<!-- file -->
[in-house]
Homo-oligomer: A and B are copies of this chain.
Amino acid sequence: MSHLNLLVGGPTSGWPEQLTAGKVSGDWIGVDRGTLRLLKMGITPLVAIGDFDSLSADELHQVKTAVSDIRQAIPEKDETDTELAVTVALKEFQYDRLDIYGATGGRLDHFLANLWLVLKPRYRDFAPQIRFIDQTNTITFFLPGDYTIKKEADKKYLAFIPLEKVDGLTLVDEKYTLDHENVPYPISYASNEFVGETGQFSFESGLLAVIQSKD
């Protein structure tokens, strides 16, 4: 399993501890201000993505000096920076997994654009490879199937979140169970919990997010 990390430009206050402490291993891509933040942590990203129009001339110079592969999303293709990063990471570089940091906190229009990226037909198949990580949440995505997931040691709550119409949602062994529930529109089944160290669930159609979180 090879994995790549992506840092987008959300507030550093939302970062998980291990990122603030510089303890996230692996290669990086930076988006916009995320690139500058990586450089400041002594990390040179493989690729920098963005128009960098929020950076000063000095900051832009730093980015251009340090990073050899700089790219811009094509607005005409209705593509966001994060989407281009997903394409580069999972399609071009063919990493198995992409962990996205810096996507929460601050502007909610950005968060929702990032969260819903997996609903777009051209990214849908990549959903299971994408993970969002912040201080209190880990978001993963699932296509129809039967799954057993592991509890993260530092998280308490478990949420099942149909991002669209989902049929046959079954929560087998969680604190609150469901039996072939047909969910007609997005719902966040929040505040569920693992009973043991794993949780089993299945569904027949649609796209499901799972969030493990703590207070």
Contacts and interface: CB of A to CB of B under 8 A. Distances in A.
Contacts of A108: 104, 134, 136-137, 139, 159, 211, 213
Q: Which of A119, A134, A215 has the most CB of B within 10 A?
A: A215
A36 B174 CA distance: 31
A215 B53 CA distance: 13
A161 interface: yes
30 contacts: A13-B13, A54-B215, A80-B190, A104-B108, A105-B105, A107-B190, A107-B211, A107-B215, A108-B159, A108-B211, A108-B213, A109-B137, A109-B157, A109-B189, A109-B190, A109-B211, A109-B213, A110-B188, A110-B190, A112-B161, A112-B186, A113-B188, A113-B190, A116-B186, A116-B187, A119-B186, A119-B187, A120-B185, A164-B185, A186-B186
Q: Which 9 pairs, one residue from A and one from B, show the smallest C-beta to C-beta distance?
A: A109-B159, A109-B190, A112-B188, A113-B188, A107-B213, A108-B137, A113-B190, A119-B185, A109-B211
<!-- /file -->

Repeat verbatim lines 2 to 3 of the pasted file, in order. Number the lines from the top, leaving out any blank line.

Homo-oligomer: A and B are copies of this chain.
Amino acid sequence: MSHLNLLVGGPTSGWPEQLTAGKVSGDWIGVDRGTLRLLKMGITPLVAIGDFDSLSADELHQVKTAVSDIRQAIPEKDETDTELAVTVALKEFQYDRLDIYGATGGRLDHFLANLWLVLKPRYRDFAPQIRFIDQTNTITFFLPGDYTIKKEADKKYLAFIPLEKVDGLTLVDEKYTLDHENVPYPISYASNEFVGETGQFSFESGLLAVIQSKD